Mike Andersen, fifth from right in the large hat, at the dedication ceremony for the Prado Dam Bicentennial Mural near Corona on Friday, June 2, 2023. Andersen and his Veteran Air gave a key donation. (Photo by Jeff Gritchen, Orange County Register/SCNG)

    It seemed almost inevitable that he’d get involved with the Prado Dam mural restoration – painted in 1976 by high school students commemorating 200 years of freedom, the mural had significantly degraded. Andersen donated $40,000 toward the painting effort completed earlier this year after consulting with his Veteran Air team.

    A tight-knit team at Veteran Air was a priority, coworkers said. It had to be with its numerous “operations,” which required plenty of coordination and teamwork.

    One of his biggest endeavors was Operation Water Drop, which Andersen launched during Texas’ historic freeze in 2021. When Andersen read about the power crisis, he organized a group to pack up heaps of supplies and made the road trip to deliver it all. Touched by the connections he made, he made a joke on the drive home about starting Veteran Air Texas.

    Sure enough, they opened a branch a few months later.

    “He really saw his team as family,” Velez said. “Everyone looks out for each other, and Mike is what allowed our team members to become that way, because he led by example.”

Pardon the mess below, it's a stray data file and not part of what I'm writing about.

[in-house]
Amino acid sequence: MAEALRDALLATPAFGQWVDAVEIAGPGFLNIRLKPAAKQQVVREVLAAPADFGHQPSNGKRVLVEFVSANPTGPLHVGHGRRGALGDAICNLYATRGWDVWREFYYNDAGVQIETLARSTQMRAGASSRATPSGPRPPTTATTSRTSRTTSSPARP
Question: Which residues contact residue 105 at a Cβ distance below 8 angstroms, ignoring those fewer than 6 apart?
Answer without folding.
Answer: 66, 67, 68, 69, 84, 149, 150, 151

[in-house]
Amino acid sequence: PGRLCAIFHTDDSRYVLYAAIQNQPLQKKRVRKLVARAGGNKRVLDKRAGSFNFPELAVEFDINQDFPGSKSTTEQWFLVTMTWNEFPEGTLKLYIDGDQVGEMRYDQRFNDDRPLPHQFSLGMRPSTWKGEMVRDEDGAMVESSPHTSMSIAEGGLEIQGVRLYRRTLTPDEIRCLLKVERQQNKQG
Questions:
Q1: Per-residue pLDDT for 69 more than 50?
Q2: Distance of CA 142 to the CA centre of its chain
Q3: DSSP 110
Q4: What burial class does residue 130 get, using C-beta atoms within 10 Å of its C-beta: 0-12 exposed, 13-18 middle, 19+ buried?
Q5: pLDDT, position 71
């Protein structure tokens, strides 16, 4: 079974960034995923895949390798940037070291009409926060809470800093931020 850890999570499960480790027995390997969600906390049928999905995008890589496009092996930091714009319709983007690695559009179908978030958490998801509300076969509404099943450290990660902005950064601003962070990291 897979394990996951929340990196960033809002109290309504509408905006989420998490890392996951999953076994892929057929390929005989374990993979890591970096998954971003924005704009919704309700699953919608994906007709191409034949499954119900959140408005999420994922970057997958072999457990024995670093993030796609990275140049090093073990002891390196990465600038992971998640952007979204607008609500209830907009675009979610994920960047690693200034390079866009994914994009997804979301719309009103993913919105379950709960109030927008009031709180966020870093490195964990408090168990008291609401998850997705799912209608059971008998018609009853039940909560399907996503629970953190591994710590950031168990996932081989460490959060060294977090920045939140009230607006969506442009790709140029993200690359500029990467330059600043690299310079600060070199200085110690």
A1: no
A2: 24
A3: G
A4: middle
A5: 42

Veteran Air announced Andersen’s passing on Facebook, which was quickly flooded with stories of his good deeds and positive impact.

    “I never spoke to anybody that had a bad thing to say about him,” Frazier said. “Just being around Mike made you want to be a better human, and I saw that with all his workers and all the people that he was surrounded with.”

    Related Articles

    Local News |

    Burt Young dies at 83; Oscar-nominated actor played Paulie in ‘Rocky’ films

    Local News |

    Piper Laurie, cruel mom in ‘Carrie,’ dies at age 91

    Local News |

    Food Network chef Michael Chiarello dies after allergic reaction

    Local News |

    Terry Kirkman, 83, whose band the Association was a 1960s hit machine, dies at home in Montclair

    ​ Orange County Register